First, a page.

Filing and facing lawsuits in all directions, Apple has once again raised eyebrows in the mobile industry, and filed a lawsuit against HTC, accusing it of infringing 20 hardware and software patents (specifically user interface processes) related to the iPhone. The phones in question are the Google-powered Android touchscreen phones of HTC, but Google is not named in the lawsuit, which was filed both at the U.S. International Trade Commission and the U.S. District Court in Delaware on Tuesday. The lawsuit seeks to prohibit HTC from selling, marketing or distributing infringing products in the United States, and could potentially cost HTC several 100 million dollars in fines and lost sales.
While the infringements themselves can be considered ambiguous, Apple may still have a strong case against HTC. You might ask why Google was not sued as well. The reason might be quite simple – experts believe that it would be a simpler case to sue the company making the infringing goods (HTC), than the company providing the software (Google). But if Apple is suing HTC for making Android phones, why is Apple not suing Samsung, or even Dell, who also manufacture these phones? Well, though the Taiwan-based HTC has recently started making a big name for itself, it is still a relatively weak brand, and a much easier target. Click here for a slideshow
of the lawsuit itself.
What does the much-quoted Steve Jobs have to say about this? Determined to protect his company’s interests, the Apple CEO said, "We can sit by and watch competitors steal our patented inventions, or we can do something about it. We've decided to do something about it. We think competition is healthy, but competitors should create their own original technology, not steal ours." This however is a truly ironic reversal of positions. Back in 1996, a PBS documentary called "Triumph of the Nerds" featured Steve Jobs, talking about ‘ideas’. Quoting Pablo Picasso, he said “Good artists copy, and great artists steal”, followed up with his own illuminating words “We have always been shameless about stealing great ideas.” Said in a spirit of sharing and fair-for-all, that innovators will always borrow ideas and incorporate them into their own work, Steve Jobs today seems to hold onto a serious double standard.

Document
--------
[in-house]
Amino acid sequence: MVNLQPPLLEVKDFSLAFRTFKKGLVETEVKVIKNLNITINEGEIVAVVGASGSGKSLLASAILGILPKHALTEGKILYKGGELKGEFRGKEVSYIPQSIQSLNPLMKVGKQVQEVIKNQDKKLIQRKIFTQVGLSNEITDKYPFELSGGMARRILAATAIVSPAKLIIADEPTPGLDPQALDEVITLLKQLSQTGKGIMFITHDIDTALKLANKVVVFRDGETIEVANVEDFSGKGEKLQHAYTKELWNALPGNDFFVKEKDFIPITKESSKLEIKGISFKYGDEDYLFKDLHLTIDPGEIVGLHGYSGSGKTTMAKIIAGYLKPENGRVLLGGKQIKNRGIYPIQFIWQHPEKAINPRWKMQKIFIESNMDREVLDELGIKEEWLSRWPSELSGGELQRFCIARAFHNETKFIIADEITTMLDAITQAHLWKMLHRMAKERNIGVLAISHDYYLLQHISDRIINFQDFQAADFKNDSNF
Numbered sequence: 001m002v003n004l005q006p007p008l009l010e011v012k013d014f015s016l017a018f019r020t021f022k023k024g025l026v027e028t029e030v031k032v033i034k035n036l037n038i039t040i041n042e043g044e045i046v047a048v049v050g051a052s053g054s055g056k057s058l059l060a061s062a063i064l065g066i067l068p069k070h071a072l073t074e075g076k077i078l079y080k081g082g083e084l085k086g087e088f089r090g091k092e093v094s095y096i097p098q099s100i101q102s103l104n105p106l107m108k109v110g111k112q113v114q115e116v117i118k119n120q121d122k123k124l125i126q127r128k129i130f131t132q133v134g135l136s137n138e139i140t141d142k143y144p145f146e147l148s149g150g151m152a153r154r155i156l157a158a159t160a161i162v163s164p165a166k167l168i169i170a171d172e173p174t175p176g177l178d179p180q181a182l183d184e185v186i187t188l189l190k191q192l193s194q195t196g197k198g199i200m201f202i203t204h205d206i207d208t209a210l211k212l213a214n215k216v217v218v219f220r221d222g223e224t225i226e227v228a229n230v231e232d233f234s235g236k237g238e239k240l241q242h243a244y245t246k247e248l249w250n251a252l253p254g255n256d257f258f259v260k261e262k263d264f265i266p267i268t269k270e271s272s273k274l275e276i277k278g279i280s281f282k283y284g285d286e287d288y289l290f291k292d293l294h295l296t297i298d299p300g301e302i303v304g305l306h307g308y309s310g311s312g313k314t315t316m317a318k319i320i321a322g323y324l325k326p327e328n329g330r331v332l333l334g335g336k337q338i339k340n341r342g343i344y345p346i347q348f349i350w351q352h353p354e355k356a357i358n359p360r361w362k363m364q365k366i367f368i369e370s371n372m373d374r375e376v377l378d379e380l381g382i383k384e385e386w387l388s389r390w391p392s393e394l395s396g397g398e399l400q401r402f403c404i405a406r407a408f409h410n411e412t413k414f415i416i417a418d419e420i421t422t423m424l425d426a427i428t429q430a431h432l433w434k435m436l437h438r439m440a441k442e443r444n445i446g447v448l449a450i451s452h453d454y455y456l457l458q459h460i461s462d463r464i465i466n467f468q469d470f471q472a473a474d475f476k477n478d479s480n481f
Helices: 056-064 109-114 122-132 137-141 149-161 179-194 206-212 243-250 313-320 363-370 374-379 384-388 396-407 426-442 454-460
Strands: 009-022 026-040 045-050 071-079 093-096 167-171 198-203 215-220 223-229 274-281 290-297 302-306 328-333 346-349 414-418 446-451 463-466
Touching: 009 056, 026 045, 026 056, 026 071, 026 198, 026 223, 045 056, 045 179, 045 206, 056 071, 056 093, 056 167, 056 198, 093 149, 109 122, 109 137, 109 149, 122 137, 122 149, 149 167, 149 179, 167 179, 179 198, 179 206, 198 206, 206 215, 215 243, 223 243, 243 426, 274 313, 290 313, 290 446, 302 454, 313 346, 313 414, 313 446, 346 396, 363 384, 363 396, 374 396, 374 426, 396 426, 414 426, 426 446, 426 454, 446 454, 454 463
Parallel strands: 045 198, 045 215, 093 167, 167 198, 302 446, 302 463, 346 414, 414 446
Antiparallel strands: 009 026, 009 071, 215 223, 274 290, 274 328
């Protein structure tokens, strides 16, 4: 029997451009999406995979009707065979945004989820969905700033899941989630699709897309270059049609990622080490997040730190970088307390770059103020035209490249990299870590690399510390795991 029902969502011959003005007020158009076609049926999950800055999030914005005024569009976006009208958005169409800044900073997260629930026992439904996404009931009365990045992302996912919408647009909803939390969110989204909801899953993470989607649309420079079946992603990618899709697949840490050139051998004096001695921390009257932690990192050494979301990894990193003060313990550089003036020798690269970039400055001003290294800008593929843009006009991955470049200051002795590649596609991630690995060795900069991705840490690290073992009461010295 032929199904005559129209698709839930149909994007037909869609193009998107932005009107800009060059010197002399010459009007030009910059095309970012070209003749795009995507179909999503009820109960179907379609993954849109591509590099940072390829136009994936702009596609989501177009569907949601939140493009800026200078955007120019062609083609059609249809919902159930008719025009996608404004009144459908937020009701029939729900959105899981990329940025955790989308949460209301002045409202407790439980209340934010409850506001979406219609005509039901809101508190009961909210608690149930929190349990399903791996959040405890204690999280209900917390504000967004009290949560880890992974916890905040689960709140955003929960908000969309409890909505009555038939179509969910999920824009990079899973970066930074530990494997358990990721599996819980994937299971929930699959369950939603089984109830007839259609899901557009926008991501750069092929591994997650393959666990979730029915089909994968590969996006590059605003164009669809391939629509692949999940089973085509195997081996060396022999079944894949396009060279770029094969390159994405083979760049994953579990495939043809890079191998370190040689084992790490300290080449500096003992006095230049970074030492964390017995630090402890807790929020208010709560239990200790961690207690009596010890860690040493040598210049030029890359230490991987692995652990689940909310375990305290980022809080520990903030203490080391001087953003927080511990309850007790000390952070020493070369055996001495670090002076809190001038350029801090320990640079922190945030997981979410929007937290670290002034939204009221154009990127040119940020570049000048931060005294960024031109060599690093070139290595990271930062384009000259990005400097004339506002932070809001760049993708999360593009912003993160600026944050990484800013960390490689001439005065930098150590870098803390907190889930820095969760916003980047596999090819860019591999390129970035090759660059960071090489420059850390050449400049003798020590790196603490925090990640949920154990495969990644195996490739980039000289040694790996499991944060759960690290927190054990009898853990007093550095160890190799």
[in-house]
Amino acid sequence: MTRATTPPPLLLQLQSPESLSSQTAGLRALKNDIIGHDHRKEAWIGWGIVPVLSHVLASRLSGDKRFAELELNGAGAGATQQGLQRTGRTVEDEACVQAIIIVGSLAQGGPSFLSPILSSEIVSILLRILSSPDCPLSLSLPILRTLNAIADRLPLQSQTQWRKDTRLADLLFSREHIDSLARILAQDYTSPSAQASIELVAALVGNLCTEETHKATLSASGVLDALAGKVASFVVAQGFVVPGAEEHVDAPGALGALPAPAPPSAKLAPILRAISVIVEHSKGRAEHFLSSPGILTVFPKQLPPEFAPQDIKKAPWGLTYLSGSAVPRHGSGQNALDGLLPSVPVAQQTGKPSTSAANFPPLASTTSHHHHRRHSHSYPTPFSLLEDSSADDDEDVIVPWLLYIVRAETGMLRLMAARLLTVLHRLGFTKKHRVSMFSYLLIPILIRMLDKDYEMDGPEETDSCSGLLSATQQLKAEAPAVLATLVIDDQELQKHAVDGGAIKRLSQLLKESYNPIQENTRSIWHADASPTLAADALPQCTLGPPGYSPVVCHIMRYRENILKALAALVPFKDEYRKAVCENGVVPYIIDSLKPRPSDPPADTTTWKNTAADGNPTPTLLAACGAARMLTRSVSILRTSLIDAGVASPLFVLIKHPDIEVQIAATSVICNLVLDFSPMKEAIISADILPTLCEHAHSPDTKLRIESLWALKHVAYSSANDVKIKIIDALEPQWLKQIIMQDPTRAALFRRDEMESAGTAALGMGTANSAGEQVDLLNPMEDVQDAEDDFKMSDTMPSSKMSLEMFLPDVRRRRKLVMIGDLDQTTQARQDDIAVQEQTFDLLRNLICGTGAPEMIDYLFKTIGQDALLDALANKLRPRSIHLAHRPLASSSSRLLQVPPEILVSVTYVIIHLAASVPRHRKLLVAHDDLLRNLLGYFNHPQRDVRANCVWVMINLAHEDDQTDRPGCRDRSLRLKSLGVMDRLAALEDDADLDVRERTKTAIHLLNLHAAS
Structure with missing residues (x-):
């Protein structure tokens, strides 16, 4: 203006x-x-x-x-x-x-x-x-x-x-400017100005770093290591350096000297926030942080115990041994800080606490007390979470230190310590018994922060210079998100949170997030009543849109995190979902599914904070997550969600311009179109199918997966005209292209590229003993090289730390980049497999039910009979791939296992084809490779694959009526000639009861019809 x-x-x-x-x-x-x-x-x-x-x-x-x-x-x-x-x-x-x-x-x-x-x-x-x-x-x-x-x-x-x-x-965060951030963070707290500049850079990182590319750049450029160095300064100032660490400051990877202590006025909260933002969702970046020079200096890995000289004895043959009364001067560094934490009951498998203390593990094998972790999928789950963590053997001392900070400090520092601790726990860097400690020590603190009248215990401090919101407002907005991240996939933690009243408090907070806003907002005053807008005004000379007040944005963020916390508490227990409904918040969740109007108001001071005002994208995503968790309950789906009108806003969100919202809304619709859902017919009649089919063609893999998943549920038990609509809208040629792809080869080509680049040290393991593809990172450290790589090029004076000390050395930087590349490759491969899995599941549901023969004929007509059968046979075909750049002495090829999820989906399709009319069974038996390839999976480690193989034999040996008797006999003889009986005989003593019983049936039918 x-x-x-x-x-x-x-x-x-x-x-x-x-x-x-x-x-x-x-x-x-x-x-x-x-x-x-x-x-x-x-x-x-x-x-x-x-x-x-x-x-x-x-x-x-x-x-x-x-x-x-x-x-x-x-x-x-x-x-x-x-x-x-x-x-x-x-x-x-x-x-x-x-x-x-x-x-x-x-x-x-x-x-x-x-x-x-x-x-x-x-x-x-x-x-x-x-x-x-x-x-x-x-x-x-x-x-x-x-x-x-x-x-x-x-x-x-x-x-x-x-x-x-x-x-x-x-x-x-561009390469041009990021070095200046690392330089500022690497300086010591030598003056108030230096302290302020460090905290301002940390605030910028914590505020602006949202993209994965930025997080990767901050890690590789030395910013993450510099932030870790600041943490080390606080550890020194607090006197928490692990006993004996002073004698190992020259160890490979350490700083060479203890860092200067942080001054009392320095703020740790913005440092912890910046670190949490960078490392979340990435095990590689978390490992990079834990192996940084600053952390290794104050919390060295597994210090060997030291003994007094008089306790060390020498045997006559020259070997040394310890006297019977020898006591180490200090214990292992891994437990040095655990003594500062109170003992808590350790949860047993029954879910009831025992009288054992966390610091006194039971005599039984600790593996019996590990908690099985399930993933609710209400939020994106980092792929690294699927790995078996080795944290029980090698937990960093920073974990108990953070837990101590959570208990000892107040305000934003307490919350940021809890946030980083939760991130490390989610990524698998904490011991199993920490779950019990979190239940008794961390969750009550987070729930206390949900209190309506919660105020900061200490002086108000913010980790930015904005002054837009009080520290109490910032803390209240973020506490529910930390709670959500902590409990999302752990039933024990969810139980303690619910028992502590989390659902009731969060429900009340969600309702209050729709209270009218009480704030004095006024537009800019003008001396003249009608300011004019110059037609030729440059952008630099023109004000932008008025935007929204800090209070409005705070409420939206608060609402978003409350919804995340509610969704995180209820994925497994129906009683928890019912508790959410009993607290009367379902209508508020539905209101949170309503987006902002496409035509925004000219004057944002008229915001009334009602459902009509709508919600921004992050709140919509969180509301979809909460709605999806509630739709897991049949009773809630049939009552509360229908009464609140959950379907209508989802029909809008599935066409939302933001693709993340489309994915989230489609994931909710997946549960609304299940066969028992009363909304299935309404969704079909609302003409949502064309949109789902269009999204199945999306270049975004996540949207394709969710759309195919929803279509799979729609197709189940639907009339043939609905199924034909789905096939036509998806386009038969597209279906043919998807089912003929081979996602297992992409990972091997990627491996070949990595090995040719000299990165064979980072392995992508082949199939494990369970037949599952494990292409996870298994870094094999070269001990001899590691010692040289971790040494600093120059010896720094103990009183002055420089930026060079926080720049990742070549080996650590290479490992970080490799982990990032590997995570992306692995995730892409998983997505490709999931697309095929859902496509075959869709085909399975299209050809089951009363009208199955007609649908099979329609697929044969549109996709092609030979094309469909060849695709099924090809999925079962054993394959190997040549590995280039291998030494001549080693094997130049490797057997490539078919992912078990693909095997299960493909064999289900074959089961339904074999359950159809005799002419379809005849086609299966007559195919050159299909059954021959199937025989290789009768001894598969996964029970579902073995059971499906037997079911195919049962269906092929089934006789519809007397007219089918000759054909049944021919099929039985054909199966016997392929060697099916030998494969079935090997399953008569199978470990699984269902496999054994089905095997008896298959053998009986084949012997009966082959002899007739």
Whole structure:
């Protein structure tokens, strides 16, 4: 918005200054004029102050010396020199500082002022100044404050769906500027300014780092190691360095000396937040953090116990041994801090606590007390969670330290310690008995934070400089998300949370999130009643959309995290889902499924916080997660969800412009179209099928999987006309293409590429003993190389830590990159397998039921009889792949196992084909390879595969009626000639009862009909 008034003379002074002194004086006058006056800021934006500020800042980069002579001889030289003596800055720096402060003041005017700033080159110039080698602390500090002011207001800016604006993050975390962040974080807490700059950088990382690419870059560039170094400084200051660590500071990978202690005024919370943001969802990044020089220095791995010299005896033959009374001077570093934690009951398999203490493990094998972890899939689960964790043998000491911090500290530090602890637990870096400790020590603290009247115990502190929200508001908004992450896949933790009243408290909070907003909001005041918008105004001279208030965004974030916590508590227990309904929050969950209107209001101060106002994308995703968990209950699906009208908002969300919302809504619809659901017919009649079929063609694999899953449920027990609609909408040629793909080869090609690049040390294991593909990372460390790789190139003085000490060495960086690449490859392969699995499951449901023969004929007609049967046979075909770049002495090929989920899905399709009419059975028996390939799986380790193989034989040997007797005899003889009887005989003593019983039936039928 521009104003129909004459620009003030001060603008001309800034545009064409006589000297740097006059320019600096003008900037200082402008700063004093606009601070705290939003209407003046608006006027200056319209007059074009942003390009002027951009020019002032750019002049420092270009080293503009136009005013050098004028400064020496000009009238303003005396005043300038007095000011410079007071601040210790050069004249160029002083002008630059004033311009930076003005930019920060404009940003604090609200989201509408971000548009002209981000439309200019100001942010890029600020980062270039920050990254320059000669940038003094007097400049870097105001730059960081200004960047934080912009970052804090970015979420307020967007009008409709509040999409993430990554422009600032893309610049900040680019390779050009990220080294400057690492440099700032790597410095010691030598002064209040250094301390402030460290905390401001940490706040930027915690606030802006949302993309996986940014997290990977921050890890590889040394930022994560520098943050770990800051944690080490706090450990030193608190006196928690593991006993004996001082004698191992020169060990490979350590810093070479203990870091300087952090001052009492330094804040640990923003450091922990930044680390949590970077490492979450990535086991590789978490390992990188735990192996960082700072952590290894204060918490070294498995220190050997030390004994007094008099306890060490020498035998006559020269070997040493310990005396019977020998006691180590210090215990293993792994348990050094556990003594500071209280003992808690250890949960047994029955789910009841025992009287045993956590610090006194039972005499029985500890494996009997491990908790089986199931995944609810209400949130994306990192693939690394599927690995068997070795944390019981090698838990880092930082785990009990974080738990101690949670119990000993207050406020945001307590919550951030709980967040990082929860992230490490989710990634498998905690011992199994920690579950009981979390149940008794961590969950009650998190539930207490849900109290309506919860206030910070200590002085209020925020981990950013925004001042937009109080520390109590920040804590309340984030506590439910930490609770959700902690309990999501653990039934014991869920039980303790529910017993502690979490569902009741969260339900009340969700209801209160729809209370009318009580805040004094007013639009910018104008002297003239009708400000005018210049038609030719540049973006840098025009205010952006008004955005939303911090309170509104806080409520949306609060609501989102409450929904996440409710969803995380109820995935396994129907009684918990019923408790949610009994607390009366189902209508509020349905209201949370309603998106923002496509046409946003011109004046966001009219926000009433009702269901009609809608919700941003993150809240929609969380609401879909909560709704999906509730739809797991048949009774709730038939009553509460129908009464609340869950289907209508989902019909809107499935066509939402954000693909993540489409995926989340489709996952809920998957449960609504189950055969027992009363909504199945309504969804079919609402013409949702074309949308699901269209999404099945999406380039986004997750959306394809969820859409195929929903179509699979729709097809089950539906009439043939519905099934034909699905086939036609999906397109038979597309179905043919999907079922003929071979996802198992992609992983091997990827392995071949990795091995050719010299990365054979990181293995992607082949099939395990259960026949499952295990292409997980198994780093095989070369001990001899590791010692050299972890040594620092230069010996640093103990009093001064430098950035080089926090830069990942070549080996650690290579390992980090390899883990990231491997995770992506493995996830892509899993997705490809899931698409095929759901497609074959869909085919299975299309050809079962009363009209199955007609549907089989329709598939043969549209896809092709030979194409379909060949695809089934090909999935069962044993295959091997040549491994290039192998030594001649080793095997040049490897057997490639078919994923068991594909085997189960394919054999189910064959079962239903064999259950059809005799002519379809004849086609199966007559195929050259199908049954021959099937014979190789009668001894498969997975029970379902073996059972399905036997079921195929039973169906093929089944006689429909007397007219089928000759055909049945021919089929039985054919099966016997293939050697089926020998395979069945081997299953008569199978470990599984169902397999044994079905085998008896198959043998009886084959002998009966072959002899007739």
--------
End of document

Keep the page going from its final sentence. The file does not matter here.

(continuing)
While this case might never see the light of day, the result of these lawsuits will probably be settlements out-of-court, but not before (as is most likely) HTC or Google file their own countersuits. To quote Eric Von Hippel, a professor at M.I.T.’s Sloan School of Management, who said “The social value of patents was supposed to be to encourage innovation — that’s what society gets out of it. The net effect is that they decrease innovation, and in the end, the public loses out.”